From just a few moments ago in another tab.
I think it’s safe to say I won’t be returning to Exhibit A.
I’m not a one issue voter by any stretch of the imagination. But one issue that I’m most likely to actually speak up about is Network Neutrality. It’s one of a few issues that I could claim some amount of in-depth understanding about – and it’s one of the issues that I look for in any candidate for Congressional office (and it was one of two issues that first attracted me to the candidacy of President Obama – well before the Republicans completely lost any semblance of rational behavior and put Palin on their ticket and firmly nailed that coffin for my vote).
Richard Burr is one of the top recipients of telephone utility PAC money – and added his signature to a letter (PDF) (source: Cecilia Kang’s Washing Post column) on October 13th, 2009 to the FCC from GOP Senators expressing “fear” that the pro-Network Neutrality position that the FCC took in September 21, 2009 speech were “counterproductive and risk harming the great advancements in broadband speed and deployment that we have witnessed in recent years and will limit the freedom of the Internet.”
(p.s. Dear Senators – can you actually, you know, put your names in plain text on these letters? Some of you have absolutely unreadable signatures. To verify for myself that Burr signed the letter – I had to go through list of official statements and find another letter authored directly by Senator Burr and compare signatures.)
So, I think – it’s likely safe to say what position Senator Burr will take. It’s very definitely safe to say that I’m in opposition to Burr’s likely position.
So what about the Democrats? Well honestly, I have no idea.
Both Ken Lewis and Elaine Marshall have followed me in twitter – most likely because they are trying to follow folks in the region that follow President Obama’s twitter account – or some other NC Dem list of twitter accounts. Who knows. I seriously doubt they are going to get anything out of my twitter account that guides them to the thinking of their constituency.
But hey, the more the merrier, at least they aren’t following me because they think I front Owl City.
But I really wish that the campaigns would actually get a clue about Twitter and social media. When one of your constituents asks you a question in Twitter – say, I don’t know, Network Neutrality (p.s. Ken, your twitter “handle” was so much nicer, approachable and “human” when it was KennethWLewis).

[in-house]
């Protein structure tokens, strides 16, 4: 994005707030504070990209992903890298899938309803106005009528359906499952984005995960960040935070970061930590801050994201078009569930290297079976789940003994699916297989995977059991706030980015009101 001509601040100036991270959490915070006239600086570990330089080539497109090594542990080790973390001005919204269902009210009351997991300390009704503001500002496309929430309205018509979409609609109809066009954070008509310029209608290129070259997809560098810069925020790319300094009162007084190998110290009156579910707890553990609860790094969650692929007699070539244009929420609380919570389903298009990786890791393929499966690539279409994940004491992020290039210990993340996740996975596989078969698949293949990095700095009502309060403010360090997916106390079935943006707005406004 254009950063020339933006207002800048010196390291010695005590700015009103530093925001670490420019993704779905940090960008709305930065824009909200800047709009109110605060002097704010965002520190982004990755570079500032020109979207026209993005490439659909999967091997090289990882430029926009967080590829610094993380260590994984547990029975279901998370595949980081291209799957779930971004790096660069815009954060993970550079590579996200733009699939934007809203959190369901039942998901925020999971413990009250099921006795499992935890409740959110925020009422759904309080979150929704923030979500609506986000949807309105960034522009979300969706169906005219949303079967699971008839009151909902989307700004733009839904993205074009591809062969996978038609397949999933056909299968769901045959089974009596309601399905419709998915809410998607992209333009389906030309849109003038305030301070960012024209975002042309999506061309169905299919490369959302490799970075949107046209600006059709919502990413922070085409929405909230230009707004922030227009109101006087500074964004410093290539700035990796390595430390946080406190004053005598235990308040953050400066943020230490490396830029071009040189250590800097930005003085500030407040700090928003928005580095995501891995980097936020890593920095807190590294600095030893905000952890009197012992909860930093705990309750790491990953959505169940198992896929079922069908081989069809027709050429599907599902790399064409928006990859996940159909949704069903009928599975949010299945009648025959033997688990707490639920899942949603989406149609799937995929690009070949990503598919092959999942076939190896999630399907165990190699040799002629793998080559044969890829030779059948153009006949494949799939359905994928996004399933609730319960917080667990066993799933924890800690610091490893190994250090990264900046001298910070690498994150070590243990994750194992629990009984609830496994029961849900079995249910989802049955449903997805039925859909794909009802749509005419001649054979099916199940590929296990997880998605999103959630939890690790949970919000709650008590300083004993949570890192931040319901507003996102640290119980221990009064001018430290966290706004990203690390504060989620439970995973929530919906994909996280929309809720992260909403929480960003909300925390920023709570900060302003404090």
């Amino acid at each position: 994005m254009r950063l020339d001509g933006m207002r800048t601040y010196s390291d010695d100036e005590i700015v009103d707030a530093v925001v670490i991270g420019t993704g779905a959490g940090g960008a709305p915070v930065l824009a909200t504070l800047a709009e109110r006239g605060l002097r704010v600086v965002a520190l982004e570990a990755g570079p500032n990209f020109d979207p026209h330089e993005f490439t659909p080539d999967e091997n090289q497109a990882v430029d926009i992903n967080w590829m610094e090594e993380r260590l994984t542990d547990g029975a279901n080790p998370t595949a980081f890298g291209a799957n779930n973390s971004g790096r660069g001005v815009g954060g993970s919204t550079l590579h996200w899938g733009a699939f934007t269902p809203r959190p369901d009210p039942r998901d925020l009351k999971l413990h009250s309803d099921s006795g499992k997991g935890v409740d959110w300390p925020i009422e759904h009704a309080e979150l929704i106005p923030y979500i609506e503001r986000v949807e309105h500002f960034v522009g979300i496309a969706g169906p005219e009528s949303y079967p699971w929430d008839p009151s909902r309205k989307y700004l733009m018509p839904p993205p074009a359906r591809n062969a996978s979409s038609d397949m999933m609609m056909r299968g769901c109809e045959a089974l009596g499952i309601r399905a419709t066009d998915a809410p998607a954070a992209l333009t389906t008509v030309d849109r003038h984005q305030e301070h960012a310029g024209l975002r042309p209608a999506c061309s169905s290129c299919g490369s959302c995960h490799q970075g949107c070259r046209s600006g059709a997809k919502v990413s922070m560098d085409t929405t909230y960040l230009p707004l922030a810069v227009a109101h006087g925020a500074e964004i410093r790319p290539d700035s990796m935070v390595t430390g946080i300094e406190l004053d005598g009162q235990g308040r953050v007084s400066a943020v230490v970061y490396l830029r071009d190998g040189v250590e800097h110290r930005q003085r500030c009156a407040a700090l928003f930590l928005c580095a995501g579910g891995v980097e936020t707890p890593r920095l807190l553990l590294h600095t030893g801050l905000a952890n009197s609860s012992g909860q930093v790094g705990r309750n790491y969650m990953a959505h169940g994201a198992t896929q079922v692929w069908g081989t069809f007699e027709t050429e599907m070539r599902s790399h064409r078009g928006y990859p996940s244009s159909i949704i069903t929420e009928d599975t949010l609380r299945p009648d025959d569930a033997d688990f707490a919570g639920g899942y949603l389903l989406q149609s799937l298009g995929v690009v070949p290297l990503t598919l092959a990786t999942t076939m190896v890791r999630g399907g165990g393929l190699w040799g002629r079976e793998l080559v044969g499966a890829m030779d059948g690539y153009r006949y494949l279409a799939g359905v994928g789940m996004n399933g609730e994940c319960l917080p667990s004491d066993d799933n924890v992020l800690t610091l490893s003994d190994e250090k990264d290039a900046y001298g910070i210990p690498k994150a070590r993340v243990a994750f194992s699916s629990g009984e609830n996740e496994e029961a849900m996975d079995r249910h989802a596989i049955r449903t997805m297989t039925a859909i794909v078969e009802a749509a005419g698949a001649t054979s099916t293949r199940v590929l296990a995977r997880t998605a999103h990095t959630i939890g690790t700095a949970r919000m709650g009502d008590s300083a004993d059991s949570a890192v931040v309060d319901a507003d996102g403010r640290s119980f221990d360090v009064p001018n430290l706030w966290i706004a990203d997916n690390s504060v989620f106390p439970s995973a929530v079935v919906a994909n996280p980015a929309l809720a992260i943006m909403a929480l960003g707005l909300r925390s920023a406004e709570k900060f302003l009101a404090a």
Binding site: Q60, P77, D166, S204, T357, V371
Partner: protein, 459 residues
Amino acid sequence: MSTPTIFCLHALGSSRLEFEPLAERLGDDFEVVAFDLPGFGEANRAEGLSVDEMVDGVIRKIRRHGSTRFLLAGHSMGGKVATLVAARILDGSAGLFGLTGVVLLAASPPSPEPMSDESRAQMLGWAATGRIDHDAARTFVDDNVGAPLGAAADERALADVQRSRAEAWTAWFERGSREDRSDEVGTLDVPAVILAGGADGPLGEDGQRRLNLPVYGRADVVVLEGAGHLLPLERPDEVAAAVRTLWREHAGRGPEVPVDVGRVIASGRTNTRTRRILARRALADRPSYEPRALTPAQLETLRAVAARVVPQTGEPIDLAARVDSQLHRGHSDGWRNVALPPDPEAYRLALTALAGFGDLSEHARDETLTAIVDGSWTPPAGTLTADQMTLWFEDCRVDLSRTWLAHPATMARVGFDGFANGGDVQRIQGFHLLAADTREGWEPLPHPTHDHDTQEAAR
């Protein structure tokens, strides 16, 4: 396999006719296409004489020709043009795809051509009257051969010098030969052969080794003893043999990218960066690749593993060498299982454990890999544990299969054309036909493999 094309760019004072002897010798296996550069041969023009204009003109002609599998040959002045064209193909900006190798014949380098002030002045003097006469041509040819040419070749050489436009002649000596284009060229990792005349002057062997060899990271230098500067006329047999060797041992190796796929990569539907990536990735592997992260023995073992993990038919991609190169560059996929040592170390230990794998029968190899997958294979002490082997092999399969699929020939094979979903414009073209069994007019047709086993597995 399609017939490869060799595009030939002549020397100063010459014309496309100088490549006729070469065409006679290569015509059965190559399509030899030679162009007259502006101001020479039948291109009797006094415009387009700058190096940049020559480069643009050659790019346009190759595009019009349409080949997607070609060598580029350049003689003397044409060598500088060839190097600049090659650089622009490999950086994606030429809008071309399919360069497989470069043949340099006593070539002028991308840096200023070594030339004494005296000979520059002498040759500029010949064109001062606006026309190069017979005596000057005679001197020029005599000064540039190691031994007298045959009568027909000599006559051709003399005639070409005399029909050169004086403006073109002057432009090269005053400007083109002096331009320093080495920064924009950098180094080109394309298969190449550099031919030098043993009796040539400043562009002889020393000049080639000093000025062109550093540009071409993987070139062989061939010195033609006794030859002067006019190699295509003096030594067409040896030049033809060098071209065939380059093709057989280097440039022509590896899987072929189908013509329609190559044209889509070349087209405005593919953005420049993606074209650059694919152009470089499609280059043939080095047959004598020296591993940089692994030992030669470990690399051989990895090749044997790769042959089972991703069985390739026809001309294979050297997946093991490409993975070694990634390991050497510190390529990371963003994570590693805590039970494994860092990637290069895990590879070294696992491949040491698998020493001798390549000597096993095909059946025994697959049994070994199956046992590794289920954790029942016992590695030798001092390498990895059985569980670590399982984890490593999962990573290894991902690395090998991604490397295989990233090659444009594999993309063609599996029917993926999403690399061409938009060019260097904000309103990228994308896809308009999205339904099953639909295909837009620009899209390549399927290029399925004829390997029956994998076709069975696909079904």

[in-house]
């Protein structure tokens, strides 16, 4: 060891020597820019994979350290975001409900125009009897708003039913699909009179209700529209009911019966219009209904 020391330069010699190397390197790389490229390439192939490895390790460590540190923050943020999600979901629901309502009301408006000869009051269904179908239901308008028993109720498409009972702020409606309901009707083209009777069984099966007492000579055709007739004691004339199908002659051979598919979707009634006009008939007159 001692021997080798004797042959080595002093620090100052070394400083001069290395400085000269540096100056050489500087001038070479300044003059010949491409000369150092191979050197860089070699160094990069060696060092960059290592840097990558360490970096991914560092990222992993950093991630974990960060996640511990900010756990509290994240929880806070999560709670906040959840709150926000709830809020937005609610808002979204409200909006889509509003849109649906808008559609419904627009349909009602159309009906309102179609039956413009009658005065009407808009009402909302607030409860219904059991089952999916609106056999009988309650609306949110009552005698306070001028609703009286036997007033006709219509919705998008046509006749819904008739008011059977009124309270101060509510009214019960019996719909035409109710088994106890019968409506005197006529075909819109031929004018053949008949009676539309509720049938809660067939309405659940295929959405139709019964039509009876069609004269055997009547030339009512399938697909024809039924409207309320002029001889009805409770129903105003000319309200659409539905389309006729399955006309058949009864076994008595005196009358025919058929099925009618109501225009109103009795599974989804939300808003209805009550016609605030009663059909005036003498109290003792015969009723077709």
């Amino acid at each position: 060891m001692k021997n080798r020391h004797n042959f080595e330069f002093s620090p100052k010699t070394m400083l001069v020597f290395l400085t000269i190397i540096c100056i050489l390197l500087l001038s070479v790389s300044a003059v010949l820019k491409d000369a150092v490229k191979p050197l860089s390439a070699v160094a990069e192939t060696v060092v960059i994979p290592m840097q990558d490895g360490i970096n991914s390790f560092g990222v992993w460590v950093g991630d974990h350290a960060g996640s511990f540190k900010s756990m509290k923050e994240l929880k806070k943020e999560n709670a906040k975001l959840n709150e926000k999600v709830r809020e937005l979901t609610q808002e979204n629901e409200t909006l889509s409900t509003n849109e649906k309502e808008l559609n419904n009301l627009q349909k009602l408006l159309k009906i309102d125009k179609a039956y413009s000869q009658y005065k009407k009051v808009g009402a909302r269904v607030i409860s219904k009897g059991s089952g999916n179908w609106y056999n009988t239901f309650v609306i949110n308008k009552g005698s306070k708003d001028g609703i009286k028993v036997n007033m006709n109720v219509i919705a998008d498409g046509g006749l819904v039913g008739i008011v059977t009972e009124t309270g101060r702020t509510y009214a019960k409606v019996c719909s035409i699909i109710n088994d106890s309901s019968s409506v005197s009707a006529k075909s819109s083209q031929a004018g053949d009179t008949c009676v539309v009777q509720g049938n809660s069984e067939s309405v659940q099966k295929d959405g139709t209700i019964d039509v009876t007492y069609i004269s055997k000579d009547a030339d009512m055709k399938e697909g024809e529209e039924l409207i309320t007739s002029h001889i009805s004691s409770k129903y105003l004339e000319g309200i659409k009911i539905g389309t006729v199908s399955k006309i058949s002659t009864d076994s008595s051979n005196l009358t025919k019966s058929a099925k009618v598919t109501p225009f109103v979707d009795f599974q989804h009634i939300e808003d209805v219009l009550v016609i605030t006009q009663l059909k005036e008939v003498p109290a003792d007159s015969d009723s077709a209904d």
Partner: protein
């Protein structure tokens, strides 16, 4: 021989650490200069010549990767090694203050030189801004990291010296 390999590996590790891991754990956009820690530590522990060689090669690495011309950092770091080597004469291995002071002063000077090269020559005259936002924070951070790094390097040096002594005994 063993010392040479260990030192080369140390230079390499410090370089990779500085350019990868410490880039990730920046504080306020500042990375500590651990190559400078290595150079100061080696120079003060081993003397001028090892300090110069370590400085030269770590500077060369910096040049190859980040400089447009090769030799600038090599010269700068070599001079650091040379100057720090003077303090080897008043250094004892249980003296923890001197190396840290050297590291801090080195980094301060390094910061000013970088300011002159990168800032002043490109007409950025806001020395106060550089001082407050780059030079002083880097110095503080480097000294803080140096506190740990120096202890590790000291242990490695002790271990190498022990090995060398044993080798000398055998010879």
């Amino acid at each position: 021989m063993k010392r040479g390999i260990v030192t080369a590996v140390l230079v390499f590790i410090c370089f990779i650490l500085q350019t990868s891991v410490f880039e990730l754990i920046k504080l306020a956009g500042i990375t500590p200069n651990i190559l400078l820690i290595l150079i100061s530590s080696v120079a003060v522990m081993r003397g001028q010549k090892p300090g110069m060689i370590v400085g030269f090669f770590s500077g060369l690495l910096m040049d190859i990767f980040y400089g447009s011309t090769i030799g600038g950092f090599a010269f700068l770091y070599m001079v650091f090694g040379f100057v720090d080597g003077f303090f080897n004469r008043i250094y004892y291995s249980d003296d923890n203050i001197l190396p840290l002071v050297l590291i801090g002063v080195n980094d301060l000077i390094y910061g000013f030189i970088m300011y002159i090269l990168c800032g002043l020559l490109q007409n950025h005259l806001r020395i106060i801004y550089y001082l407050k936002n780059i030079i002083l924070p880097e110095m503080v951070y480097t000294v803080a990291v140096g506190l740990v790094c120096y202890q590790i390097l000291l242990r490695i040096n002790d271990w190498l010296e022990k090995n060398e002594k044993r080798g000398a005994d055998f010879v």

Here’s the first clue: answer them back. It will take your campaign a few seconds. And I realize that your staff is pretty busy and probably already overwhelmed – but this is a substantive question – it’s a way to stake a position – or just engender goodwill. You don’t know me from Adam, maybe I’m a likely contributor, maybe I’m a likely volunteer. What I am – if I’m using the medium to ask you – is someone comfortable in it and most likely to echo and amplify your answers with others.
I’m not naive enough to believe you’ve actually developed a position on the matter. Your campaigns are likely just still developing your market and party tested sound bites on health care, immigration, national security, the economy. But you don’t need it. Here’s all you need: “@jasonadamyoung – thanks for the question – we’ve been focused on starting up our campaign so far – tell us what you think about it” You know what – you can use that, free of charge. Use a service like CoTweet to help spread the paste load among several of your staff.
Be human, answer questions, respond to folks. Don’t treat things like “Twitter” as a checkbox on your list to what a campaign needs – it’s not any different than having a ham biscuit on saturday morning in the country store in the myriad communities that make North Carolina great – have your ham biscuit with me and 1,000 other of your constituents in Twitter.
Either use or lose it folks – that’s your free “new media” advice of the day.
My rating: 3 of 5 stars
I am coming up this summer on 18 years experience in my chosen career profession – starting humbly by inventorying cabinets of RS-232 cables and BNC connectors and all kinds of leftover watchamacallits from my employer’s years of government contracting – to today where I do, um, er, I do, well, “computing things”
You know, I have the hardest time describing what I do. I say that I do “systems administration” and “software development” and “project management” or sometimes “cat herding” – but all of those are 10,000ft views of my job.
It gets even worse when I try to tell people what I know. One of my colleagues asked recently “How did you know that?” – and about the best I could say was well, “I just knew”. Sure, I could rattle off a whole list of technologies, but I’d forget to list more than I’d remember to list – and for anyone outside my profession – and likely for most of the people in my profession, it would sound like some mishmash of buzzword bingo. I’m a problem solver. I’m good at it, as you would hope to be after 18 years in multiple computing platforms and roles and tens of thousands of little computing problems, tens of thousands of little failures and hopefully a few successes day in and day out that burn in neural pathways so that you just know.